Mbira is indeed a very “tangible” instrument. Only if you connect with it will it help you to produce the most enticing sound, a phenomenon in which beat mixes with harmony. As of this week, UNESCO recognizes mbira crafting and playing as intangible heritage in Zimbabwe – and also, with the variant name sansi – in Malawi. I’ve written about my experience with mbira elsewhere, so here’s the UNESCO summary video:
While mbira/sansi is less iconic in Malawi, where it is played in the south, it is an iconic instrument amongst the MaShona people that dominate Zimbabwe. Hence the move by UNESCO was met with applause, and Hope Masike – a young and accomplished mbira player and musician featured in some of the media coverage.
This is my second trip to Malawi this year. I arrive in a time of political unrest following the elections in May. Leaders of the opposition parties have alleged that there were massive irregularities and that Mutharika is the “tipp-ex president”. Lilongwe, Blantyre and other places have been the scenes of massive demonstrations which sometimes turned violent, including lootings and mob violence, and as of late the police and army forces are using live ammunition. Driving through town wasn’t always easy therefore, since you better avoid the demonstrations as the protestors do not always clearly discriminate between who to attack. Or would the police? Anyway, we stayed clear of them as best as we could.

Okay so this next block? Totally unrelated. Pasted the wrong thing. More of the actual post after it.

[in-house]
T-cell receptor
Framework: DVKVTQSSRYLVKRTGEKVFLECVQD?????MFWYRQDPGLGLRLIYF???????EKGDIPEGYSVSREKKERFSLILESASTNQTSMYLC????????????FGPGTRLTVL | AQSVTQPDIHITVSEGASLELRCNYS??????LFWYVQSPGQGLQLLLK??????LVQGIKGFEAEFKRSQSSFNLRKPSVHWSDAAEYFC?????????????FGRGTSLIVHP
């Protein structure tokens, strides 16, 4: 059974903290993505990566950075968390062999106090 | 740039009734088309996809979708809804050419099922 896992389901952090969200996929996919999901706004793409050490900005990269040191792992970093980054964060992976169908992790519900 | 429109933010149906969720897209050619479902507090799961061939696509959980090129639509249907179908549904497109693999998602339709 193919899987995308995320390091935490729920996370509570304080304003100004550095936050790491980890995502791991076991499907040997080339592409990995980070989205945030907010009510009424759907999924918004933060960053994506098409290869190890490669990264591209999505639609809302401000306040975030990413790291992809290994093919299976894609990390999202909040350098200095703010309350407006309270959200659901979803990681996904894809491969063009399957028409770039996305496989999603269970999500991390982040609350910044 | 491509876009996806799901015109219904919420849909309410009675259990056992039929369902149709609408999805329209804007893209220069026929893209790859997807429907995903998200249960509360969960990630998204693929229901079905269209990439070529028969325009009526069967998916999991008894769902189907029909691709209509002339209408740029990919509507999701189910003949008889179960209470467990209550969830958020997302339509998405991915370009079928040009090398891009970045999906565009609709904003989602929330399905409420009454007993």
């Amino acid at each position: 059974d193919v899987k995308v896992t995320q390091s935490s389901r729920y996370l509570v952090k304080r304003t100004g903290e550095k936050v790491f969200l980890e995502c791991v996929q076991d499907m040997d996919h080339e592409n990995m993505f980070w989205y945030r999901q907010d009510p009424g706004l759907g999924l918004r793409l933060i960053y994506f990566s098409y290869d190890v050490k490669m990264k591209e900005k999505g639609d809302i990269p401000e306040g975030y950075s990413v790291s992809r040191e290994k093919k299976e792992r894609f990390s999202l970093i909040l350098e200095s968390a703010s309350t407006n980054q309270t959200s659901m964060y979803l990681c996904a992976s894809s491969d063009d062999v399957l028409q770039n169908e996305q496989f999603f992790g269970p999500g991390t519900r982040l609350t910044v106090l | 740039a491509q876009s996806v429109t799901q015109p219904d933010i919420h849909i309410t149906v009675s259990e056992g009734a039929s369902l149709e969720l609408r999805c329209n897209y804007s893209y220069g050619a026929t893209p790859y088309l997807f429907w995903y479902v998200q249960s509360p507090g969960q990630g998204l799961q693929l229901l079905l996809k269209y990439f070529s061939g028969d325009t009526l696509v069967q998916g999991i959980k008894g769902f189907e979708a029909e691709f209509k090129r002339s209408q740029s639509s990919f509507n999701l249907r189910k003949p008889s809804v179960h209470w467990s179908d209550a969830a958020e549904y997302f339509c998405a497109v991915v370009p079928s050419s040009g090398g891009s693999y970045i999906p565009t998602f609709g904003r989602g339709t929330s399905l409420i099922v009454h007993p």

The Czech contribution to this year’s Eurovision Song Contest is by a band with the not-so-Czech-sounding name Lake Malawi. I saw lots of things in their video, as far as I followed it, except anything from Malawi, lake or otherwise. I guess it’s just a name … Wikip.: “the band’s name, is inspired by the song “Calgary” by [a band named – D.S.] Bon Iver, from their 2011 … album”. And then? I go and check. A German website has more: singer Černý was inspired by the line “So it’s storming on the lake” from “Calgary”, and Lake Malawi was chosen because “it sounds like a far-off romantic place” (my trans.). That’s got to be the reasoning of a Eurovisionary!
Here’s the ground I’ve covered over the past four months (straight lines = flights) – and so much space left untouched! Roughly: 1 month Uganda, around 2 weeks each in Rwanda, Tanzania & Zanzibar, and Malawi, 1 month in Zambia … and already 2 weeks in South Africa 😉
Everywhere I have travelled in Sub-Saharan Africa, the picture is the same: women busy themselves, day in, day out, to do most of the work, chores and otherwise. I may exaggerate, though honestly, I don’t think I do when I say that Africa is run by women, especially in those fields that are run efficiently. This, obviously, excludes politics and a lot of admin. There you have it, I’m happy to stand accused of exaggeration and over-generalization, because I want to make a point. I do not care much for explanations that include the word “culturally”, I just share observations. Cultural practice, in my view, is a choice, and no explanation or excuse for anything.
Rachel, house help at Redrocks Camp (Nyakinama near Musanze aka Ruhengeri, Rwanda)
After getting stranded for one day at Dar es-Salaam airport due to technical problems of our Air Malawi carrier, I arrive in Lilongwe and am being picked up by my old friend Chimwemwe. She’ll be my guide and companion for some trips through this charming country, the so-called “Warm heart of Africa”.
My decisive song for Malawi is Lawi’s “Life is beautiful” (another hotel-room recording):
I encountered it for the first time three years ago, when I first attended the Lake of Stars Festival, and it hass always intrigued me with its emphasis on the beauty and joy of life in Africa. This is important. Joy, in chiChewa chimwemwe, like the name of my friend. I have seen few places during my travels, or even less so back home, with so much joy as here in Malawi. Against all odds, one should say. Continue reading →